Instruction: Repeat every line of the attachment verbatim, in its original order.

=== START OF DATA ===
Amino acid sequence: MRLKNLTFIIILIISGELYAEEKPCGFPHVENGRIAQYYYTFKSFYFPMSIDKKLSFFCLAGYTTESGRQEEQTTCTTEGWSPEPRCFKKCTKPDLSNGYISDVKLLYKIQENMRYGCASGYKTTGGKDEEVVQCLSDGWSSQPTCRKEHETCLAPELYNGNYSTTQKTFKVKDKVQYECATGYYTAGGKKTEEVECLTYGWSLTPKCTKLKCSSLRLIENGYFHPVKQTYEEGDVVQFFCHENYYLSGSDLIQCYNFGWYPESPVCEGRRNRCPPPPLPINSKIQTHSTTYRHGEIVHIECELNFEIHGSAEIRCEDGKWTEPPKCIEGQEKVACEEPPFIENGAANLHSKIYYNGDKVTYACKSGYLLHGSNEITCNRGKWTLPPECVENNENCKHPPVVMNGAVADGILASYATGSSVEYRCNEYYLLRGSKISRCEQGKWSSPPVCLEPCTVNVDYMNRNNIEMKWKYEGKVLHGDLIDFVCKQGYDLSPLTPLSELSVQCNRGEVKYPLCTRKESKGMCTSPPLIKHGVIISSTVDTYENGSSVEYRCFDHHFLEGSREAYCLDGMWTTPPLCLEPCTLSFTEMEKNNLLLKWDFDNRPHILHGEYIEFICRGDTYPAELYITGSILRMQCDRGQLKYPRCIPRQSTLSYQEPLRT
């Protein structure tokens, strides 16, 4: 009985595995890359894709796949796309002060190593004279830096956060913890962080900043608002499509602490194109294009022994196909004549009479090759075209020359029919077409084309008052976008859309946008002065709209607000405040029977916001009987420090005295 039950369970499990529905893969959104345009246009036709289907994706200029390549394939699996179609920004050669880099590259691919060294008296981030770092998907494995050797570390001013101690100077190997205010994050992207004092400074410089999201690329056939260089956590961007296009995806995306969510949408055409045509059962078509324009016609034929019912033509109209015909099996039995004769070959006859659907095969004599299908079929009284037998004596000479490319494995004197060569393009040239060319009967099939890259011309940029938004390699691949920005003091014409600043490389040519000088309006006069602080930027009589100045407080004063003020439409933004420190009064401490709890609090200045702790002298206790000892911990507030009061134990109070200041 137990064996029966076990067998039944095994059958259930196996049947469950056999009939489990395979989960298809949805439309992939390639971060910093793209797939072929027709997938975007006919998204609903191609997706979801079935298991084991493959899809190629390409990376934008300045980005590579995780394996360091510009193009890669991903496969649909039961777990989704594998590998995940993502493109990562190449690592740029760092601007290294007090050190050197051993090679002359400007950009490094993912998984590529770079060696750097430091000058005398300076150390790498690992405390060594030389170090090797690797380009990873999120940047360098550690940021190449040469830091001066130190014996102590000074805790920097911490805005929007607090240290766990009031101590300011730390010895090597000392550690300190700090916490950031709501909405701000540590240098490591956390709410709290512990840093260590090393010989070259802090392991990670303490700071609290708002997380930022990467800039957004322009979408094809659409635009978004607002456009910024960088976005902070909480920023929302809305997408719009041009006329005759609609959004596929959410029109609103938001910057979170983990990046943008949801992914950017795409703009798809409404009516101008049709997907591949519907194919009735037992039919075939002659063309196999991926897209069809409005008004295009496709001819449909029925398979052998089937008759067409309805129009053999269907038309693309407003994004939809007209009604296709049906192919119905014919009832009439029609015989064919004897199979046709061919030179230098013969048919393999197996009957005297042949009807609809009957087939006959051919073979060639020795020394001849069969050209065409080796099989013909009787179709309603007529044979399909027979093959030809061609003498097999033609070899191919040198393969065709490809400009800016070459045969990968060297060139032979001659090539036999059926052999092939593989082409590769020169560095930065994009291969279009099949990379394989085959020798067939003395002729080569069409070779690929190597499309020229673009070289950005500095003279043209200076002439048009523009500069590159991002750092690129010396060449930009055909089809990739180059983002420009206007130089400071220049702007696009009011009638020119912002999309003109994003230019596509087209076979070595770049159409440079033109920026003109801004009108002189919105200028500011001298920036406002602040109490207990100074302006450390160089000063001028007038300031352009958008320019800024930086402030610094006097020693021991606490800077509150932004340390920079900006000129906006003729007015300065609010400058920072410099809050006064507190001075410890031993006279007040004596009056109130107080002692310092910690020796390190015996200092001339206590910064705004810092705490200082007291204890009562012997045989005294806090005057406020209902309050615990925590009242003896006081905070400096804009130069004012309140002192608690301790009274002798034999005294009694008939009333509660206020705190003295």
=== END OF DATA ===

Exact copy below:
Amino acid sequence: MRLKNLTFIIILIISGELYAEEKPCGFPHVENGRIAQYYYTFKSFYFPMSIDKKLSFFCLAGYTTESGRQEEQTTCTTEGWSPEPRCFKKCTKPDLSNGYISDVKLLYKIQENMRYGCASGYKTTGGKDEEVVQCLSDGWSSQPTCRKEHETCLAPELYNGNYSTTQKTFKVKDKVQYECATGYYTAGGKKTEEVECLTYGWSLTPKCTKLKCSSLRLIENGYFHPVKQTYEEGDVVQFFCHENYYLSGSDLIQCYNFGWYPESPVCEGRRNRCPPPPLPINSKIQTHSTTYRHGEIVHIECELNFEIHGSAEIRCEDGKWTEPPKCIEGQEKVACEEPPFIENGAANLHSKIYYNGDKVTYACKSGYLLHGSNEITCNRGKWTLPPECVENNENCKHPPVVMNGAVADGILASYATGSSVEYRCNEYYLLRGSKISRCEQGKWSSPPVCLEPCTVNVDYMNRNNIEMKWKYEGKVLHGDLIDFVCKQGYDLSPLTPLSELSVQCNRGEVKYPLCTRKESKGMCTSPPLIKHGVIISSTVDTYENGSSVEYRCFDHHFLEGSREAYCLDGMWTTPPLCLEPCTLSFTEMEKNNLLLKWDFDNRPHILHGEYIEFICRGDTYPAELYITGSILRMQCDRGQLKYPRCIPRQSTLSYQEPLRT
């Protein structure tokens, strides 16, 4: 009985595995890359894709796949796309002060190593004279830096956060913890962080900043608002499509602490194109294009022994196909004549009479090759075209020359029919077409084309008052976008859309946008002065709209607000405040029977916001009987420090005295 039950369970499990529905893969959104345009246009036709289907994706200029390549394939699996179609920004050669880099590259691919060294008296981030770092998907494995050797570390001013101690100077190997205010994050992207004092400074410089999201690329056939260089956590961007296009995806995306969510949408055409045509059962078509324009016609034929019912033509109209015909099996039995004769070959006859659907095969004599299908079929009284037998004596000479490319494995004197060569393009040239060319009967099939890259011309940029938004390699691949920005003091014409600043490389040519000088309006006069602080930027009589100045407080004063003020439409933004420190009064401490709890609090200045702790002298206790000892911990507030009061134990109070200041 137990064996029966076990067998039944095994059958259930196996049947469950056999009939489990395979989960298809949805439309992939390639971060910093793209797939072929027709997938975007006919998204609903191609997706979801079935298991084991493959899809190629390409990376934008300045980005590579995780394996360091510009193009890669991903496969649909039961777990989704594998590998995940993502493109990562190449690592740029760092601007290294007090050190050197051993090679002359400007950009490094993912998984590529770079060696750097430091000058005398300076150390790498690992405390060594030389170090090797690797380009990873999120940047360098550690940021190449040469830091001066130190014996102590000074805790920097911490805005929007607090240290766990009031101590300011730390010895090597000392550690300190700090916490950031709501909405701000540590240098490591956390709410709290512990840093260590090393010989070259802090392991990670303490700071609290708002997380930022990467800039957004322009979408094809659409635009978004607002456009910024960088976005902070909480920023929302809305997408719009041009006329005759609609959004596929959410029109609103938001910057979170983990990046943008949801992914950017795409703009798809409404009516101008049709997907591949519907194919009735037992039919075939002659063309196999991926897209069809409005008004295009496709001819449909029925398979052998089937008759067409309805129009053999269907038309693309407003994004939809007209009604296709049906192919119905014919009832009439029609015989064919004897199979046709061919030179230098013969048919393999197996009957005297042949009807609809009957087939006959051919073979060639020795020394001849069969050209065409080796099989013909009787179709309603007529044979399909027979093959030809061609003498097999033609070899191919040198393969065709490809400009800016070459045969990968060297060139032979001659090539036999059926052999092939593989082409590769020169560095930065994009291969279009099949990379394989085959020798067939003395002729080569069409070779690929190597499309020229673009070289950005500095003279043209200076002439048009523009500069590159991002750092690129010396060449930009055909089809990739180059983002420009206007130089400071220049702007696009009011009638020119912002999309003109994003230019596509087209076979070595770049159409440079033109920026003109801004009108002189919105200028500011001298920036406002602040109490207990100074302006450390160089000063001028007038300031352009958008320019800024930086402030610094006097020693021991606490800077509150932004340390920079900006000129906006003729007015300065609010400058920072410099809050006064507190001075410890031993006279007040004596009056109130107080002692310092910690020796390190015996200092001339206590910064705004810092705490200082007291204890009562012997045989005294806090005057406020209902309050615990925590009242003896006081905070400096804009130069004012309140002192608690301790009274002798034999005294009694008939009333509660206020705190003295």